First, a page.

Despite the blockade, there is enough to keep cultured travellers occupied for a couple of days in Doha. Wander through Souq Waqif and you’d be fooled into thinking that you’re in the middle of an authentic Arabic bazaar, complete with a riot of sounds, sights, smells and even camels. Whilst the souq is not original it is indeed an atmospheric place to spend an evening. For those with an arty lean, the city’s iconic I.M. Pei-designed Museum of Islamic Art (MIA) stands slap-bang across the street from the souq, located at one end of Doha’s graceful seven-kilometre waterfront corniche. Like something straight out of one of Europe’s great cities of art, the MIA is a beautifully-designed, fastidiously-executed and lovingly maintained piece of modern architecture. Sitting on its own island close to the traditional dhow harbour, the MIA is currently Doha’s greatest artistic magnet – though the stunning, new soon-to-be-completed Jean Nouvel-designed Qatar National Museum, slated to open at the end of this year just down the road, which takes the tumbling shape of a desert rose, is likely to steal its cultural crown. Meanwhile, at Katara Cultural Village, the city’s planners have cleverly executed a snapshot of Qatari life, interspersed with Arabic history and a touch of ancient Rome.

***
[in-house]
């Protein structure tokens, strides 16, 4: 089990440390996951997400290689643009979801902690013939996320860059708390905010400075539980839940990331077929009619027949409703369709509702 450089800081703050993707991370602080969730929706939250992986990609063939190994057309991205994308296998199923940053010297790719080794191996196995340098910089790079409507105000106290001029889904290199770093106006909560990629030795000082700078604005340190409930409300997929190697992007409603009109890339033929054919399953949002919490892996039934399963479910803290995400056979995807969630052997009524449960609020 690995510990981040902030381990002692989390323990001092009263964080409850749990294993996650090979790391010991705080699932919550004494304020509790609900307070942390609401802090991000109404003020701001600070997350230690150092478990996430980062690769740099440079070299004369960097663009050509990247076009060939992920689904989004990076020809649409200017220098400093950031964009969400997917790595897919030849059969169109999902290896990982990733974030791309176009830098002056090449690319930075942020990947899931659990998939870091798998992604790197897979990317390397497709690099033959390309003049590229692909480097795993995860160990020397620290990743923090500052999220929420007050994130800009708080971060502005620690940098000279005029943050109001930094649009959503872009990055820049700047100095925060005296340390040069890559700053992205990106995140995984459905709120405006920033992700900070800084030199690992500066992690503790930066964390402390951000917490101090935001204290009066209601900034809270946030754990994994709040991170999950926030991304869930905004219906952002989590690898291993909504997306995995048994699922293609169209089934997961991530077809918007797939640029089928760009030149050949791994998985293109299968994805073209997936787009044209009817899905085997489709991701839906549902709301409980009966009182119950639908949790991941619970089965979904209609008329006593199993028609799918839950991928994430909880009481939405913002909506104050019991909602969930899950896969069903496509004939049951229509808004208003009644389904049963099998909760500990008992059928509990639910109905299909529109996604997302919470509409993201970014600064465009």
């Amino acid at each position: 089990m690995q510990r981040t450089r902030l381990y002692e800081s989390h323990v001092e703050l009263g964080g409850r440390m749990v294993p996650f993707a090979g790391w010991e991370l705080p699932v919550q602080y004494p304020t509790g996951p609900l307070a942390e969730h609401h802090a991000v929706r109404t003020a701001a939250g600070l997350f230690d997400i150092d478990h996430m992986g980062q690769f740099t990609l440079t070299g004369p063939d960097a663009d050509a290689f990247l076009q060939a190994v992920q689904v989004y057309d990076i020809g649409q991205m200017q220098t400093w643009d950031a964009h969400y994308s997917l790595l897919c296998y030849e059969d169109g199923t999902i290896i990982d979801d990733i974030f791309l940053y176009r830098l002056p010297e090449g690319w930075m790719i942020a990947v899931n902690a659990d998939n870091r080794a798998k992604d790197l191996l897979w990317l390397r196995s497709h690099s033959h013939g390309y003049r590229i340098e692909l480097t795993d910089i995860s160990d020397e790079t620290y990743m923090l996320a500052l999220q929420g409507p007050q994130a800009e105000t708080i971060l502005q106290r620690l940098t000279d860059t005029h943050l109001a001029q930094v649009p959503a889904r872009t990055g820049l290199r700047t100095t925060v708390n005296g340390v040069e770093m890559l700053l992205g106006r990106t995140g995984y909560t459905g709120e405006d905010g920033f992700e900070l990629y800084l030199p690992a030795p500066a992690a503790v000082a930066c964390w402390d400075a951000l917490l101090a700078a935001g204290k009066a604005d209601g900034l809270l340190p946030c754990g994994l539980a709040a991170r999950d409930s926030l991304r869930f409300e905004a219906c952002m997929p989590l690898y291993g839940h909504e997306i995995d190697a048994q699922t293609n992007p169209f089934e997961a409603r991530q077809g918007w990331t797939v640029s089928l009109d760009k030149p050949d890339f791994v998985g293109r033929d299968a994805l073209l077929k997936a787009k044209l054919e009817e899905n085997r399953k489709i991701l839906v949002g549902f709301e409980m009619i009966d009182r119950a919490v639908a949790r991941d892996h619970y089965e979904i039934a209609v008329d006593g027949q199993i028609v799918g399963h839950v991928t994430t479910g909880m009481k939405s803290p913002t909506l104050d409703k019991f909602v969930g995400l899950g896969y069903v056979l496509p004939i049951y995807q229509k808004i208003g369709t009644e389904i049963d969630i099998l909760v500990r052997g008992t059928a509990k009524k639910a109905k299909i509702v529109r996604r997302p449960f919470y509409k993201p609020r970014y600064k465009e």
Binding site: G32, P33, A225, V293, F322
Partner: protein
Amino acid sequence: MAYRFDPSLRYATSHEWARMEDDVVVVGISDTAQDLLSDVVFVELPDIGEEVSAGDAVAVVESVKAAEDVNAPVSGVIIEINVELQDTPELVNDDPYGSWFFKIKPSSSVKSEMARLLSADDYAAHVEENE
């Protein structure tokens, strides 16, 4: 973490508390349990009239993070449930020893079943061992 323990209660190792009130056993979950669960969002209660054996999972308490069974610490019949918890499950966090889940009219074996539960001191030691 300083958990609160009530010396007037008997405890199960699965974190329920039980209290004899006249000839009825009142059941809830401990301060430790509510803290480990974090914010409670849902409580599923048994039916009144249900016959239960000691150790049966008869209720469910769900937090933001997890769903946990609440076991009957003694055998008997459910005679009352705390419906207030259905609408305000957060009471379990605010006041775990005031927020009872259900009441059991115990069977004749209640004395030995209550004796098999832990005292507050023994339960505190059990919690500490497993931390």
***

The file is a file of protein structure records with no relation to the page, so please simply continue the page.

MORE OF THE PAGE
With the 2022 FIFA World Cup looming, hospitality expansion and development continue at warp speed, although, with few exceptions, the city falls somewhat short when it comes to premium hospitality, since most of Doha’s five-star hotels lack personality and European service standards. And it has to be said that were it not for Banana Island, visiting Doha would really only be worthy of a 48-hour stopover.